On Tuesday, the President made a rare and apparently unscheduled appearance in the White House Briefing Room. Pushing Press Secretary Jay Carney to the side, he all but endorsed the Gang of Six plan. The House Republicans thought they had been betrayed.
By Wednesday morning, as the Obama and Boehner sides gathered again in the Oval Office, the optimism of Sunday had disintegrated. Vice President Biden, a skeptic of restarting talks with Boehner after the first round collapsed, was there. There appeared to be a very different president in attendance, as well.
Excited and upbeat three days earlier, Obama now was stern and lecturing. According to notes taken by GOP aides, he opened by complaining about Boehner's demand for $200 billion in Medicaid cuts, a persistent point of contention. Then he began to talk about taxes, saying the Gang of Six "makes things more complicated." The White House would need more tax revenue or smaller health-care cuts.
That was more than Boehner could accept and negotiations stalled again. Then Obama's personality shifted once more and he went into action. On Thursday he called Harry Reid and Nancy Pelosi and informed them of the original terms of his agreement with Boehner. They reluctantly agreed to support it. Two days earlier, that would have secured a deal.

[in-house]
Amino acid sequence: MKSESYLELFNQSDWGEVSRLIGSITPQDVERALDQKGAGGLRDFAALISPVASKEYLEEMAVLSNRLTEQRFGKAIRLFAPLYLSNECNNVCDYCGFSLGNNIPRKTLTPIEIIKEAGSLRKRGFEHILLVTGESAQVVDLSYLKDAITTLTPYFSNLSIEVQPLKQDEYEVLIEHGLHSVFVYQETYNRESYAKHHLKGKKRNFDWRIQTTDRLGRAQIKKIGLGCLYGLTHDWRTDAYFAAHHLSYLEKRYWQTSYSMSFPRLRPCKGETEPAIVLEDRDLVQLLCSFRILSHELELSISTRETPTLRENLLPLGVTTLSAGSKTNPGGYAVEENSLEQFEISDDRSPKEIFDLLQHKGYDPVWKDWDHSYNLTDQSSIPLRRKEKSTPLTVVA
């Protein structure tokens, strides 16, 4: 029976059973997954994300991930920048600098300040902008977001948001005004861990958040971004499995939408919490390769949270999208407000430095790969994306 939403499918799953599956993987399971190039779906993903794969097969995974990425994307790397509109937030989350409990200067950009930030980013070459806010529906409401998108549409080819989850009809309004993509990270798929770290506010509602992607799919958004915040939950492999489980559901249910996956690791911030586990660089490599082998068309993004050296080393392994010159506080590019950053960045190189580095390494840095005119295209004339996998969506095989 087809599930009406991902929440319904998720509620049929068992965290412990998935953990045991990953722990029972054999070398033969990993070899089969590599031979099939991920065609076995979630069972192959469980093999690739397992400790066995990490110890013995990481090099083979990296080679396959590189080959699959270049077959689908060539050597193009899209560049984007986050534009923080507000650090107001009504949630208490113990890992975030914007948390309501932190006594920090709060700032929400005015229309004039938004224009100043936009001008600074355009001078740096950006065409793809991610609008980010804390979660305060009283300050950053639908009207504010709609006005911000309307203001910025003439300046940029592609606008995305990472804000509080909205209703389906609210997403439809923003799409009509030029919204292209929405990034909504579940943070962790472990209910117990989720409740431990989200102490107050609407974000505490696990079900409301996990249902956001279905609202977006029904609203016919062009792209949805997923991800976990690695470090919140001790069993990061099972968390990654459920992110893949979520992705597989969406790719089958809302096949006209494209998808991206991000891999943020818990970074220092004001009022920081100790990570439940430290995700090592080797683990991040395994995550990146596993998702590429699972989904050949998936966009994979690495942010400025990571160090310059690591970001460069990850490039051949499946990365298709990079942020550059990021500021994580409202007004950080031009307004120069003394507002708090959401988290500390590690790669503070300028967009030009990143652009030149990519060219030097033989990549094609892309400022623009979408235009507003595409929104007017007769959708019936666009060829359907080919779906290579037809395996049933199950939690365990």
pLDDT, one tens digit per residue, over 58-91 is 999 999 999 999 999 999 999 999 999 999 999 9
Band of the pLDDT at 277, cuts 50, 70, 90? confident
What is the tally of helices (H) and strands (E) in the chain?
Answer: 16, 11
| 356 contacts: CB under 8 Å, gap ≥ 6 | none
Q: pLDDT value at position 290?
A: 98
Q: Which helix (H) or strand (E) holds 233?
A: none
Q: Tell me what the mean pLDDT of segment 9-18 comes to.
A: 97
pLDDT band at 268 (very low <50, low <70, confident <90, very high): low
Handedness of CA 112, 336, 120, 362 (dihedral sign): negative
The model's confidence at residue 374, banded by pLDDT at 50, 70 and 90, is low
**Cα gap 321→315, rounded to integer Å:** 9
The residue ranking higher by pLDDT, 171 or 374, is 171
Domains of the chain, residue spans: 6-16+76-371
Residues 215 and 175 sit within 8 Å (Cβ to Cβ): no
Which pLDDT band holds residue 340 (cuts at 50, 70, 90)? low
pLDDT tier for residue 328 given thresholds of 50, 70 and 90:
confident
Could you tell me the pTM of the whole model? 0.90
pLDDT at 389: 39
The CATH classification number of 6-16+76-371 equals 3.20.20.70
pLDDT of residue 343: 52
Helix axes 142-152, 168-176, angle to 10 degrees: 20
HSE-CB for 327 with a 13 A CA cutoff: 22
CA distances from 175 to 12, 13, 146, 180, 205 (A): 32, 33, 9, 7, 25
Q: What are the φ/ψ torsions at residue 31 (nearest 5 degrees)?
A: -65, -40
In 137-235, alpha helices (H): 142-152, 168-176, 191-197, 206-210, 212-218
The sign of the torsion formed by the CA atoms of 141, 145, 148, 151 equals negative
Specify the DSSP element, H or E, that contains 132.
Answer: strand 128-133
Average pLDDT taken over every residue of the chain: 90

But by then it was too late. For Boehner to sell the deal to his caucus, he had to trust the President to own the deal as well. He had to be confident that the President would not turn around and, say, accuse the Republicans of trying to destroy Social Security and Medicare as soon as the deal was introduced into the House. Over two days Obama had destroyed that trust.
This is a story of a chief negotiator who couldn't keep his eye on the ball. Or, as the Post has it, the story of a President who was always divided against himself when he tried to make policy. It is a story of a man in well over his head, at least where public policy is concerned.
Although Obama had denounced "kick the can down the road" deals as a candidate in 2008, he was now adjusting to the realities of his office. The agreement was at least a tactical victory. He used it to wash his hands of Washington's dysfunction, presenting himself as a well-intentioned man unable to secure a fair deal, because of the capital's enduring partisanship.
But White House advisers conceded that the collapse of the debt talks was a disaster from a policy perspective and, at least in the short term, from a political one. For the first time, Standard & Poor's, the credit rating agency, downgraded U.S. debt. Polls showed that the public blamed Obama as well as congressional Republicans, with approval ratings for both reaching new lows.
But it is not as if the man is no good at anything.
"You say you're the party of tax cuts? Well then, prove you'll fight just as hard for tax cuts for middle-class families as you do for oil companies and the most affluent Americans," Obama said to thunderous applause at a Labor Day speech in Detroit. "We're going to see if congressional Republicans will put country before party."
Suddenly, the same Democrats who had accused Obama of meekness in negotiating with the GOP were praising his aggressive new tone. What happened during those days in July when the grand bargain was almost reached, but not quite, had changed him. He no longer seemed divided.
His goal now was unequivocal: to win a second term.